Hope Star from Hope, Arkansas on September 3, 1974 · Page 2
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Hope Star from Hope, Arkansas · Page 2

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Tuesday, September 3, 1974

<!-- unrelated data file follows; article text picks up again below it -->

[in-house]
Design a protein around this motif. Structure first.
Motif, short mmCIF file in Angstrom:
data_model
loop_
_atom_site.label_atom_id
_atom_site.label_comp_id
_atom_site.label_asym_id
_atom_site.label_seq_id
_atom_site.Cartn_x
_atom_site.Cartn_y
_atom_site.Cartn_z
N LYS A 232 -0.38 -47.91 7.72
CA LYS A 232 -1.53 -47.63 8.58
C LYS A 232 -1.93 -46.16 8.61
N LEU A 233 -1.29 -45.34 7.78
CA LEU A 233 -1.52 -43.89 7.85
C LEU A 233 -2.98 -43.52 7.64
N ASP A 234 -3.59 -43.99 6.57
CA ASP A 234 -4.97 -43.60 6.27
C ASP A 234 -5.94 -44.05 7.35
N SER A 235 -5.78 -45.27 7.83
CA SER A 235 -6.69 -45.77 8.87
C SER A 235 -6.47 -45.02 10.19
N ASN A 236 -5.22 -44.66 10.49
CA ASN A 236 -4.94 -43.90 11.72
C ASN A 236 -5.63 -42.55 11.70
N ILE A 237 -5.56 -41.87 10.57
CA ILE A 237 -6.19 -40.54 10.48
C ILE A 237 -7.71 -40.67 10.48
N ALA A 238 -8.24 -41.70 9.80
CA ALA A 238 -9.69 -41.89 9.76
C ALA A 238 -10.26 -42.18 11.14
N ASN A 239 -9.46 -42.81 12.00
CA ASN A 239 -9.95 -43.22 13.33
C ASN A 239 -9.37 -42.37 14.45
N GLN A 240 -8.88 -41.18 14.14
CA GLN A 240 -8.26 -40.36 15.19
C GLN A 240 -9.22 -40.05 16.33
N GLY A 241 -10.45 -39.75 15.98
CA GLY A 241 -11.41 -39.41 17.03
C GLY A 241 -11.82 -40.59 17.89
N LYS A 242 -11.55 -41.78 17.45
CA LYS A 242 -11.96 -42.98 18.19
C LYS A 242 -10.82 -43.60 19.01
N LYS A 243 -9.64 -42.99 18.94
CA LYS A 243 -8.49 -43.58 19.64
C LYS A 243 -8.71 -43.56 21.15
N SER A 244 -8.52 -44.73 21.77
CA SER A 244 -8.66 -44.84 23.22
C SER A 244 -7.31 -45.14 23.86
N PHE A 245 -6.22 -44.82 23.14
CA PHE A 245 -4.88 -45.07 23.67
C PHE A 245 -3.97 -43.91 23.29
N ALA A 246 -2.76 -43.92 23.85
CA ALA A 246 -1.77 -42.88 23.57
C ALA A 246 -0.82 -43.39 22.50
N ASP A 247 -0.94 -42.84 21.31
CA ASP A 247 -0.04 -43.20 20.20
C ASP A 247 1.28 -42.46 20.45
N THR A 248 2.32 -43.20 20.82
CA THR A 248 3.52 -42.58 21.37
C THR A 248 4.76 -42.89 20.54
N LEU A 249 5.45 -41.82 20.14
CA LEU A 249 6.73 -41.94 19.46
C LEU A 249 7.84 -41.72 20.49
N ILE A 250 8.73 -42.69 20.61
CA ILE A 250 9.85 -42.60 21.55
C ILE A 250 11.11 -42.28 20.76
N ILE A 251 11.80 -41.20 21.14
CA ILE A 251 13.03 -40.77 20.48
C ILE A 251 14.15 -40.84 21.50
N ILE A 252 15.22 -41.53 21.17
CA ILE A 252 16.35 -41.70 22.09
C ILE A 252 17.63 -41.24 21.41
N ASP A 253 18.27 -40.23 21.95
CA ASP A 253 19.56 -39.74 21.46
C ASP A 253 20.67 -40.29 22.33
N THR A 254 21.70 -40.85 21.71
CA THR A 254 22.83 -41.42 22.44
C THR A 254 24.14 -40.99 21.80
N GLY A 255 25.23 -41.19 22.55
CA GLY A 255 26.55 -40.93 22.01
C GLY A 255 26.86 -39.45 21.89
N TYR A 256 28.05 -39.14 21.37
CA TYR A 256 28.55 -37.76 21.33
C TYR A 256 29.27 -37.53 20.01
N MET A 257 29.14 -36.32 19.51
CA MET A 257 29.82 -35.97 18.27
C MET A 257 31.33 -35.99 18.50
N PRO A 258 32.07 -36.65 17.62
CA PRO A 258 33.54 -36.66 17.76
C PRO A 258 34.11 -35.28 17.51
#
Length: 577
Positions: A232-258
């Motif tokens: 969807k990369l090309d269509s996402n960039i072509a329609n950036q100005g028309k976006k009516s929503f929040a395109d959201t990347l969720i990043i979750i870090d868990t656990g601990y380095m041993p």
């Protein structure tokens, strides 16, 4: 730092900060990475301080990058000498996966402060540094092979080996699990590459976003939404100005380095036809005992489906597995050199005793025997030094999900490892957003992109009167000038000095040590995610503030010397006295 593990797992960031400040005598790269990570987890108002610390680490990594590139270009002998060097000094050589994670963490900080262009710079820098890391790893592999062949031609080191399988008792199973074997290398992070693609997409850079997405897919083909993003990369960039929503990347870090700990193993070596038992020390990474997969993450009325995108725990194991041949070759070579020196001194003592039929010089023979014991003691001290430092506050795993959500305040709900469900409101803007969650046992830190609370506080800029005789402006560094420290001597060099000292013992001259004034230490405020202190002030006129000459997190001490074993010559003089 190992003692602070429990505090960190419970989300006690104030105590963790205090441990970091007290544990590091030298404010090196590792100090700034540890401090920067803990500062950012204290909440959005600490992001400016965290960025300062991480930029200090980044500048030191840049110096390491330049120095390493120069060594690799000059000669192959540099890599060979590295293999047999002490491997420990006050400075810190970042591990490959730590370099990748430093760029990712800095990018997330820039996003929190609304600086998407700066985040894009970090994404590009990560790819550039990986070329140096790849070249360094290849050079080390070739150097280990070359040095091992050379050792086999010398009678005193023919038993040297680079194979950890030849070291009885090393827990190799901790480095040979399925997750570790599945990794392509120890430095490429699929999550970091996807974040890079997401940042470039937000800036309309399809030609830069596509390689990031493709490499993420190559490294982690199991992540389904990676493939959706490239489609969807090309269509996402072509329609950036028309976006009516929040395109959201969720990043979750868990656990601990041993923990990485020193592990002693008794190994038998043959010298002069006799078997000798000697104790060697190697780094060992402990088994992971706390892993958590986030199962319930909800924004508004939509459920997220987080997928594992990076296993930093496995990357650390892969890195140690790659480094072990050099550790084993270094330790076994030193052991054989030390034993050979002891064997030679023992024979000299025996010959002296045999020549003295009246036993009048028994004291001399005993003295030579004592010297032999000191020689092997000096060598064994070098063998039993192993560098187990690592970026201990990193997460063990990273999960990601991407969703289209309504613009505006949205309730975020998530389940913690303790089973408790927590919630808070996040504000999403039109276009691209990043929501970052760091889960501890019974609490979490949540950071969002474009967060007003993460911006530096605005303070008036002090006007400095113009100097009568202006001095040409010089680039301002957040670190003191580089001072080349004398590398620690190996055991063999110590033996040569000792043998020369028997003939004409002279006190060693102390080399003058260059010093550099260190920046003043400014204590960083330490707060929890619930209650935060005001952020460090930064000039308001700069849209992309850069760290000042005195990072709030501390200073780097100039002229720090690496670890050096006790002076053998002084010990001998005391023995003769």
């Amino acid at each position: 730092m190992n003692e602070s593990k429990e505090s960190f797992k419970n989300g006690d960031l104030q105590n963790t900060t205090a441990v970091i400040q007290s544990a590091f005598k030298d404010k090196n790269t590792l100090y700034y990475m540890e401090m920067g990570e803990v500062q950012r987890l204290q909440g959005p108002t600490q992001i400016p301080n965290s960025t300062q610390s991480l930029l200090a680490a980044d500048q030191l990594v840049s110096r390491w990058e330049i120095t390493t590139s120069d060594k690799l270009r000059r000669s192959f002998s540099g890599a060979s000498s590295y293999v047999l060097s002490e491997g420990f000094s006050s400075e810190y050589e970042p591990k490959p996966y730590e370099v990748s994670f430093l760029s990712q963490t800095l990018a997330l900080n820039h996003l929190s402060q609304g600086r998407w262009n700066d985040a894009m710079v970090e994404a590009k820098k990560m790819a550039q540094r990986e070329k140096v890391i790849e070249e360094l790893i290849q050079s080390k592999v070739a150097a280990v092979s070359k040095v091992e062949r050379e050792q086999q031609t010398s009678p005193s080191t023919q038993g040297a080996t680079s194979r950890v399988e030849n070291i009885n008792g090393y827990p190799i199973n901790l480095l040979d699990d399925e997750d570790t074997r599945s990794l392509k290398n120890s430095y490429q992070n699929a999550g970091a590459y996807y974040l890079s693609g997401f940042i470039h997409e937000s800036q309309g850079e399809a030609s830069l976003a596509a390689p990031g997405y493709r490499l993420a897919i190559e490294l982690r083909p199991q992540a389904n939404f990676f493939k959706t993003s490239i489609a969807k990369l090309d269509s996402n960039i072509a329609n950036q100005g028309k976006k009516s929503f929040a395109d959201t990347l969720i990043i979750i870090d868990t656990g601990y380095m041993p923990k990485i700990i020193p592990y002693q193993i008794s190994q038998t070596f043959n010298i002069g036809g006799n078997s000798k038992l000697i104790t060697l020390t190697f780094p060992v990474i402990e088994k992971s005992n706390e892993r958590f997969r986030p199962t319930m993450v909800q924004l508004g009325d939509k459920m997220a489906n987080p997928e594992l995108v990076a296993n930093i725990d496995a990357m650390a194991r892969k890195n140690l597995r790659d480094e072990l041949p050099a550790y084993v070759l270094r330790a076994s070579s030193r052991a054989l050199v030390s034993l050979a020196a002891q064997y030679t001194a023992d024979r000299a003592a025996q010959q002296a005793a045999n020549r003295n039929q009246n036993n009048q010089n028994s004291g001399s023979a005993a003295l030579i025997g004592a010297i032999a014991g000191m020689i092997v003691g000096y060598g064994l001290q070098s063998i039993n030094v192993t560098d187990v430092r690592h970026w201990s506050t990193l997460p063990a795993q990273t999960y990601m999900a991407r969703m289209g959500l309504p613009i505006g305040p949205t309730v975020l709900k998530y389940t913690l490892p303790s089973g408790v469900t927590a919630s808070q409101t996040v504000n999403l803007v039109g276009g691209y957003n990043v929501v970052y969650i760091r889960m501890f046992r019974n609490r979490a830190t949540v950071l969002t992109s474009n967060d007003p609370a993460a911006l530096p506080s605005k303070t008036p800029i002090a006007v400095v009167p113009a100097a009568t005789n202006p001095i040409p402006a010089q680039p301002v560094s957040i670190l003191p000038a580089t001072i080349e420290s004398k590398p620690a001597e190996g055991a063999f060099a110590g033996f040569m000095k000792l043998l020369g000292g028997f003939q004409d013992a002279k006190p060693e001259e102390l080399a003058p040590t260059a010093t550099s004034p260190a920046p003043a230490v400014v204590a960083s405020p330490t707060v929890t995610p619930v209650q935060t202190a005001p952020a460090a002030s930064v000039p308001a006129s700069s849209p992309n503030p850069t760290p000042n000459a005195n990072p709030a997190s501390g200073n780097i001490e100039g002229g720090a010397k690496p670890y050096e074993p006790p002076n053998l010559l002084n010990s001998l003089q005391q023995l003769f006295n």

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Page two HOt'fc (Aftk.) StAK Tuesday. vSe|>leiiiber :i, I9t4 Cool temperatures today, Wednesday Afkansans who went to bed Monday night with air conditioners oh awoke this morning reaching for blankets. . A cold front moved slowly across the state Monday and temperatures dropped rapidly as a cool north wind blew across the state during the night. Cool temperatures are forecast today and Wednesday with quite cool readings expected — • — Nope Star Tuesday, September 3, 1974 : Vol. 75—No. 275 Star of Hope 1899; Press 1927 Consolidated January 18, 1929 ' Published every week - day evening at The Star Building, 212-214 S. Walnut St., Hope, Ark. 71801. P.O. Box 648. telephone: Area 501; Hope 7773431. Second-class postage paid at Hope, Ark. , By STAR PUBLISHING CO. .' Alex H. Washbum, President •: and Editor v ' (In menioriam: Paul H. Jones, Managing Editor 1929,,1972). .Editorial — Dorothy Winchel v City Editor R. Mrs. Annette Rogers Women's News Editor Food, Fashions, Society Connie Hendrix Photo-Features Editor Mrs. Esther Hicks, t Negro Community •Advertising — Mrs. Sibyl Parsons \ Advertising Director Virginia Hiscott ' Associate Mrs. Judy Foicy Classified Manager Circulation—C.M. Rogers, Jr. - Circulation Director ! Mrs. Alice Kate Baker, Bookkeeper .'General BookKecper — > , Mrs. Phala Roberts ; Mrs. Teddy Thurman, Associate • : Mechanical Department — D.E. Allen, Mechanical Superintendent and Head Pressman Danny Lewallen, Pressman George Smith. Jr., Pressman Composing Room — Judy Gray Foreman Janice Miller, Mrs. Millie Shotts, Mrs. Dortha Faye Huckabee, Mrs. JoAnn Cooper. Member of the Audit Burea<: of Circulations , Member of the Associated Press. The Associated Press is entitled exclusively to the use for republication of all the local news printed in this newspaper. as well as all AF news ais- patches. Member of ine Southern Newspaper Publishers Ass'n. and the Arkansas Press Ass'n. -.National advertising representatives: . Arkansas Dailies, Inc., 3387 Poplar Ave., Memphis, Tenn. 3,8111; 960 Hartford Bldg., Pallas, Texas 75201; 400 N. Michigan Ave., Chicago, El. 60601; 60 E. 42nd St., New York, N..Y- 10017; 1276 Penobscot BJdg., Detroit, Mich. 48226; Classen Terrace Bldg., 1411 CJassen Blvd., Oklahoma City, O.kla. 73106. Single Copy lOc Subscription Rates • (Payable in advance) By Carrier in Hope and neighboring towns— Per Week 45c Per Calendar Month $1.95 Per Year.Of fice only $23.40 By mail in Hempstead, Nevada, Lafayette, Howard, Bike and Clark Counties- One Month $1.30 Three Months $3.15 Six Months $5.75 One Year $11.00 All other Mail in Arkansas One Month H.7P Three Months $3.90 Six Months $7.10 One Year $13.00 All Other Mail Outside Arkansas One Month $1.80 Three Months $4.75 Six Months $8.40 One Year $16.60 College Student Bargain Offer NuieMontfts $7.75 tonight. The cold front also caused heavy rains that prompted flash flood watches in much of the state. State Police say many roads in southwest Arkansas remained closed today because of highway water. Rainfall reports for the 24- hour period ended at 7 a.m. include .16 at Pine Bluff, .71 at El Dorado, .41 at Texarkana, 1.11 at Harrison, .92 at Jonesboro, .36 at Memphis, 2.15 at Uttlc Rock and 1.06 at Fort Smith. A high pressure system is expected to move southeastward to central Arkansas by Wednesday morning bringing cool and dry air into the state. Light rain was expected to end in the state today with skies expected to continue clearing from the northwest. Fair skies are expected over the state tonight and Wednesday. Highs today will range from the upper 60s northwest to the low 70s south with highs Wednesday in the 70s. I/ows tonight should be in the mid 40s north portion to the mid 50s. Overnight lows include Pine Bluff 54, El Dorado 59, Texarkana 59, Fayetteville 47, Harrison 46, Jonesboro 54, Memphis 58, Little Rock 56 and Fort Smith 52. Experiment station report for 24 hours ending 7 a.m. Tuesday, high 77, low 57 with .30 inches of rain. WORLD'S YOUNGEST monarch is 18-year old King Jigmc Singye Wanchuk of the remote Himalayan kingdom of Bhutan. The young monarch ascended the throne during an elaborate coronation ceremony as the new "dragon king" as he is called. The Weather Elsewhere By The Associated Press Tuesday Albany Albu'que Amarillo Anchorage Asheville Atlanta Birmingham Bismarck Boise Boston Brownsville Buffalo Charleston Charlotte Chicago Cincinnati Cleveland Denver Des Moines Detroit Duluth Fairbanks Fort Worth Green Bay Helena Honolulu Houston Ind'apolis Jacks'ville Juneau Kansas City Las Vegas Little Rock Los Angeles Louisville Marquette Memphis Miami Milwaukee Mpls-St. PM New Orleans New York Okla. City Omaha Orlando Philad'phia Phoenix Pittsburgh P'tland, Ore. P'tland, Me. Rapid City Reno Richmond St. Louis Salt Lake San Diego San Fran Seattle Spokane Tampa Washington HI LO PRC Otlk 71 56 .34 rn 79 51 . . cdy 61 46 . . cdy 60 47 .. clr 83 65 .34 rn 85 67 .22 rn 86 70 .10 cdy 61 29 .. clr 84 59 .. clr 68 59 .02 rn 95 75 .. rn 65 50 .49 rn 89 74 .. rn 88 68 .. rn 60 52 .24 cdy 67 53 .60 rh 71 57 .05 rn 52 43 .20 cdy 64 40 .08 clr 62 49 .50 rn 52 32 .. clr 70 46 .. clr 86 60 . . cdy 65 39 .. clr 65 38 .. clr 86 72 .75 rn 94 68 2.31 rn 64 50 .25 cdy 90 72 .. rn 69 42 .. clr 56 46 .13 clr 101^-79 .. clr 75 56 2.15 clr 86 68 .. clr 74 54 .20 clr 53 34 .13 clr 79 58 .36 cdy 85 80 . . cdy 59 48 .. clr 61 32 .02 clr 92 72 1.10 rn 73 63 .17 rn 71 48 .02 clr 65 34 .. clr 92 72 .. rn 76 66 .70 rn 103 83 . . cdy 74 56 1.52 rn 90 61 . . cdy 63 51 .25 rn 61 36 .. clr 90 48 .. clr 83 72 .12 rn 64 45 .35 clr 81 50 .. clr 84 68 .. clr 60 55 . . cdy 91 58 . . cdy 79' 50 ..cdy 92 78 .. rn 84 72 .33 rn Three states holding primary vote today By The Associated Press Two former governors try for U.S. Senate nominations and a third Georgia's Lester Maddox, continues his quest for another term as the state's chief executive in primary elections today. Maddox, now Georgia's lieutenant governor, ran first in a field of 12 in the Democratic primary last month but fell short of the 50 per cent vote needed for nomination. He faces the No. 2 finisher, state Rep. George Busbee, in a runoff. , . Former Gov. William Guy of North Dakota is opposed by businessman Robert McCarney of Bismarck for the Democratic nomination and a chance to unseat Sen. Milton R. Young, a Republican, in November. Young is unopposed for renomi- nation. And in Nevada, former Gov. Sanity trial will be asked HOUSTON, Tex. (AP) - David Owens Brooks, a young father accused of murdering four of the 27 victims in Houston's mass slayings case, is due in court for pretrial hearings today. Ted Musick, Brooks' lawyer, says he will ask state District Court Judge William M. Hatten to set a sanity trial for Nov. 4 for the 19-year-old defendant, whose 7-month-old child was born after he was jailed. The jury would determine if Brooks is now sane and com- petent to help in his defense on the charges. If the jury decides he is, a trial on the first of four cases would be set. Musick said if Brooks is ordered to stand trial, he will seek a change of venue and enter a plea of temporary insanity. A ruling of insanity would preclude prosecution and Brooks could be sent to a mental hospital. Only 432 pounds of a 1,000- pound steer are cut, wrapped and sold to customers. Firm promoting new synthetic motor oil All Around Town „ _«y The Star Stiff—.—~— Rotary club hears from coach and staff Centennial gardens, which will be opened to visitors February through August 1975, are in the process of being chosen. A sign designating it as a Centennial garden will be displayed at each one. If the owner does not wish to show his garden part of the time, the sign may be taken down temporarily. Location of each garden will be shown on a map of Hope supplied to each visitor. The official Beaux uniform tor Hope's Centennial observance is a red and black vest over a white long-sleeved shirt, set off with a red and black garter and a black string tie. Completing the ensemble are black pants and shoes, and a pearl gray hat. These special items of apparel can be found at Herbert Burns store, hats; Rcphans, ties; Lewis McLarty, garters; and Carpet World, vest material. Roy Taylor is colonel of the Beaux, with Jim Gary second in command. Hempstead County Savings Bond chairman Syd McMath reported sales of $13,216 in Series E and H Savings Bond during July 1974, $130,857 for the first seven months of the year, for 64.7 per cent of the County's annual goal. Sales for the January to July 1973 period were $136,892. July 1974 sales for Howard County were $10,671; and for Nevada County, $32,226. now on sale at the House of Music and at Citizens National Bank. The Tillis concert is set for Tuesday, Sept. 24. The River City concert and Fair Queen contest will be held September 23, and the Third District rodeo will be held September 26, 27, and 28. Ticket order blanks for these events can be found in Monday's edition of the Hope Star. Jesse E. Crews, husband of the former Cynthia L. McCormack of Hope, was commissioned an ensign upon completion of Aviation Officer Candidate School at Pensacola, Fla. and has begun basic flight training. He will be designated a naval aviator upon completion of more than a year of intensive ground and inflight training. He is a 1970 graduate of Southern State College, Magnolia, Ark. The Wilson Ragland listed in last weeks' court docket is not Wilson Ragland Sr. who works at Bruner-Ivory Handle Co. On Friday, August 30, one xvui'k before the first football game of the season for the Hope Bobcats, the Hope Rotary Club heard from head coach Lawrence Hulson and his staff in a program arranged by Vic Cobb at the Town and Country. Coach Hutson said that 65 players turned out for the first practice session on August 9. Of that number 57 remain, and he praised the attitude of the players. An over-all look at the teams in the district show that they are fairly even in the preseason prospects. He gave a run-down of the season which opens with Ashdown on September 6 in Hammons Stadium. Members of the coaching staff were introduced and each made a few comments. Jim Duncan and Bill Stanton are Senior High coaches, Jerry Berry is at Junior High, and Bill Niven will coach basketball. Berry and Niven will also have specialty duties with Senior High football. August grocery bill: Everything's higher Paul Laxalt is locked up in a three-way race for the GOP nomination to succeed retiring Democratic Sen. Alan Bible. The Maddox-Busbee runoff was the Democratic highlight in Georgia, but the state's Republicans also went to the polls to pick their choice for governor. The candidates were Macon 's controversial mayor, Ronnie Thompson, and retired Army officer Harold Dye. In a second feature race in North Dakota, state Sen. Lawrence Naaden challenged Rep. Mark Andrews for the '. GOP congressional nomination. The winner faces Democrat Byron Dorgan in November. In Nevada, Laxalt is one of three Republicans seeking the Senate bid. Lt. Gov. Harry Reid and political newcomer Maya Miller are contending in the Democratic primary. Van Buren editor dies VAN BUREN, Ark. (AP) A funeral service will be held at 4 p.mm Wednesday at Ocker Memorial Chapel for editor and publisher Hugh Park of Van Buren. Park, 67, died Monday en route to a Fort Smith hospital. A spokesman for Ocker Funeral Home said Park may have suffered a heart attack. Park had been editor and publisher of the Van Buren Press-Argus since Nov. 1, 1927. He also had published the Arkansas Historical Quarterly since its inception. Burial will be at Grace Lawn Cemetery. DETROIT (AP) - A small petroleum firm is promoting a new "super" synthetic motor oil for autos it says can last up to 10 times longer than conventional lubricating oil. Pacer Petroleum Co., of Houston, Tex., says its sales are "growing like weeds." But Detroit's Big Three auto makers say they aren't ready for an oil change. They are making tests of their own, however. And they are interested. Pacer's Sol I^vy says cars using the firm's EON E-ll synthetic oil can go 40,000 miles between oil changes. U.SM auto makers recommend conventional oil changes every 3,000 to 6,000 miles. Levy also says E-ll provides better protection for engine parts, causes less engine wear and results in better fuel economy than petroleum oils. However, E-H sells for $5 a quart, compared with less than $1 a quart for conventional oil. But Levy says in the long run it is less expensive because E-ll users buy one-tenth as many quarts over 40,000 miles of driving. Outside the auto industry, synthetic oils are not new. Germany developed them during World War II and the aircraft industry has used them for years. About a half dozen companies market such oils. Pacer is the first to offer the product nationwide for auto owners. I-evy estimated more than 250,000 cars now use the product, and the company expects $6 million in sales this year. "It's just unbelieveable the way it's taken off," he said. Pacer is advertising heavily in Detroit, a market which can make or break a new auto product. Ads plug E-ll as the oil used in Houston police cars and boast the oil "never needs to be changed." The auto makers, while not rejecting Pacer's claims outright, express skepticism about the "super oil." They say synthetic motor oil needs more testing before the firms can either reject or recommend Lt for use in their cars. Dr. Floyd Goodson of Henderson State College will teach a graduate reading course beginning Tuesday, September 3, at 6:30 p.m. at Brookwood School. This course will be for graduate students only and anyone interested should be there promptly on time. Mrs. Marva Dansby, counselor for the Arkansas Rehabilitation Service in Hempslead County, announced the following schedule of visits in the county: September 5, 6, 19, 20, and 26, Hope, County Social Services Office, 9 a.m. to 3:30 p.m. .Contests for the new Fair queen and for Little Mi^s Hempstead County will be held at 7:30 p.m. Tuesday, Sept. 10 at Red River Vo-Tech School, Winners in each contest will represent Hempstead County in the Fair Queen and Little Miss contests held in conjunction with the Third District Livestock Show on Sept. 23. Fair queen contestants must be between 16 and 21, and unmarried. Any pre-schooler is eligible to compete for the title of Little Miss. All contestants must live in Hempstead County. Four promotions have been announced this week by Citizens National Bank. Cecil J. O'Sleen has been named vice president and cashier; William E. Butler Jr., vice president; Buddy Jordan, assistant cashier; and Marie Jones, assistant cashier. "We are extremely fortunate to have people of this caliber, and it is pleasing to see them progress to top positions in the bank. We wish all of them success," said Mitchell LaGrone, president of the bank. The annual pancake supper, sponsored by the Kiwanis Club of Hope, will be held from 5 to 7:30 p.m. Friday at Hope High School cafeteria just before the season opener between the Hope and Ashdown football teams. Kiwanians will cook and serve hot pancakes with butter and syrup, sausage, and drinks for just $1.50. Profits will be used by the Club for its work with youth and with the elderly. Tickets for the Mel Tillis Show, will be the featured highlight of this year's Third District Livestock Show, are Deaths Moses Soyer NEW YORK (AP) - Moses Soyer, a traditional American painter who spent his boyhood in Russia, collapsed and died Monday while working on a portrait. He was 74. Blanche Hixon Smith MERIDEN, Conn. (AP) Blanche Hixon Smith, 80, board chairman and editorial chairman of the Meriden Record Co., died Saturday. She was associate and executive editor, vice president and president of the Meriden Record Co. before being named chairman of the board to 1972. By LOUISE COOK Associated Press Writer Higher prices for everything from peanut butter to pork chops helped push up the family grocery bill again during August, according to an Associated Press marketbasket survey. The survey showed that the marketbasket has risen 11 per cent so far this year and prices are 14 per cent higher than they were 12 months ago. The AP checked the prices of 15 food and nonfood items in 13 cities on March 1, 1973 and has rechecked at the beginning of each succeeding month. The latest check, at the start of the Labor Day weekend, provided little encouragement for consumers. More than 40 per cent of the total number of items checked went up during "August. Eggs were up in every city checked —although they generally were cheaper than a year ago when $l-a-dozen eggs prompted consumers to seek other sources of protein. Sugar continued its seemingly relentless rise, increasing in 11 cities during August. Pork chops were up in eight cities, reflecting higher prices paid to farmers for their hogs. Peanut butter, which had remained fairly steady in pricen went up in six cities last month. Coffee was up in eight cities. The AP survey showed that during August the market- basket went up in every city surveyed except Dallas, Tex., where it dropped by a penny or a fraction of 1 per cent. The average increase was 4% per cent. During July, the AP mar- ketbasket rose in all 13 cities. On the average, the bill for the marketbasket was 23 per cent higher than it was on March 1,1973; 14 per cent higher than it was on Sept. 1, 1973; and 11 per cent higher than it was on Jan. 1, 1974. The Agriculture Department says that food prices will continue to rise during the rest of 1974, but at a slower rate than previously. The department recently upped its estimate of how much the over-all 1974,increase would be, boosting it from 12 to 15 per cent because of the recent drought that damaged the corn crop and is expected to mean higher prices for meat, milk and poultry. The sugar increases have been the largest in the AP mar- ketbasket. Since last Septem- bern the price of a five-pound sack of granulated sugar has risen an average of 143 per cent, jumping from 74 cents to $1.80. The increases ranged from 129 per cent in Boston, where the price went from 79 cents to $1.81, to 202 per cent in Atlanta, where it rose from 64 cenis to $1.93 over the 12-month period. During August, the price of sugar was up in 11 cities, rising an average of 6 per cent, and unchanged in one city. In the 13th city, sugar was unavailable on one of the check dates. Grade-A medium white eggs went up in all 13 cities during August, rising an average 12 per cent. But in every city except Albuquerque, N.M., they were lower than they were last September, down 19 per cent. The AP survey covered Albuquerque, Atlanta, Boston, Chicago, Dallas, Detroit, Los Angeles, Miami, New York, Philadelphia, Providence, Salt Lake City and Seattle. The items on the checklist were: chopped chuck, center cut pork chops, frozen orange juice, coffee, paper towels, detergent, fabric softener, butter, eggs, peanut butter, tomato sauce, chocolate chip cookies, milk, all-beef frankfurters and granulated sugar. —Obey all traffic laws. President Gerald Keith had charge of the business meeting ;iml announced that plans are already undefway for the Holaryann Banquet next February. He welcomed the speakers and one other guest, David Fincher. H was reported that Rotaryanii Edra Strong had been moved from intensive care to a private room at St. Luke's Hospital in Houston. She had recently undergone open heart surgery. Slow down at sundown. Obituaries MRS. ERNA HARRIS Mrs. Erna Harris of Sardis, widow of E.A. Harris, died at the age of 65 in a Nashville hospital early Monday morning. She was a member of the Sardis Methodist Church. Survivors are two sons, William Edgar Harris of Nashville and Shirley Ray Harris of Ozan; a daughter, Mrs. Linda Harris Barnes of Little Rock; five grandchildren; a nephew, Dildy Reed of Ozan; and a brother-in-law, Elery E. Harris of Magnolia. Funeral services will be Wednesday, September 4, at 2 p.m. in the Latimer Funeral Home Chapel in Nashville. The officiating ministers will be Rev. John Rushing and Rev. Bruce Bean. Burial will be in Sardis Cemetery by Latimer Funeral Service. CECIL R. MCCORKLE Funeral services for Cecil R. McCorkle, 58, were held at 2:30 p.m. Tuesday in Herndon Funeral Home chapel with the Rev. Gordon Renshaw officiating. Burial was in Memory Gardens. Mr. McCorkle died Sunday in a veterans hospital at Little Rock. He is survived by his wife, Lucille; two sons, Wendel and Mike; one daughter, Sandra, all of Hope;chis stepmother, Mrs. Daisy McCorkle'of Hope; three brothers, Jesse of Hope, Tom of Columbus, and Willie of Texarkana; two sisters, Mrs. Bryan Clark and Mrs. James Rowe, both of Hope. S.M. WHITE Funeral services for S.M. White, 77, will be held at 3 p.m. Tuesday in Bell's Chapel Church near Blevins. Burial will be in Marlbrook cemetery under the direction of Herndon Funeral Home. Mr. White died Sunday at his home in Blevins. He is survived by his wife Essie of Blevins, two sons, three daughters, three brothers and five sisters. MRS. OLA HUDDLESTON Funeral services for Mrs. Ola Jacobs Huddleston of Prescott were held at 2 p.m. Tuesday at Essex Funeral Chapel at DeWitt. Burial was in DeWitt cemetery. Mrs. Huddleston died Saturday in a Prescott hospital. She is survived by her husband, one daughter, three brothers, two grandchildren, and one great- grandchild. GENERAL REVENUE SHARING ACTUAL USE REPORT CATEGORIES (A) 1 PUBLIC SAFETY 2 ENVIRONMENTAL PROTECTION 9 PUBLIC TRANSPORTATION 6 RECREATION 8 LIBRARIES 7 SOCIAL SERVICES FOR AGED OR POO* 9 FINANCIAL ADMINISTRATION a MULTIPURPOSE AND GENERAL QOVT. 10 EDUCATION 11 SOCIAL DEVELOPMENT MUNITY DEVELOPMENT $ 11 ECONOMIC DEVELOPMENT IS TOTALS CAPITAL (B) OPERATING/ MAINTENANCE 1C) NONOISCBIMINATIONREOUIBEMENTSHAVIBE l Ihf CtMf E»»CU|TV« Offictf and, THE GOVERNMENT OF PfiTPlOS TQHN ha* received Garwral Revenue Sharing payment* totaling during the period horn July 1. 1973. thru jun« 30. 1974 ^ACCOUNT NO. 04 2 029 PflTNOS TOWN rifiVGR PO BOX 235 liRK 71356 5G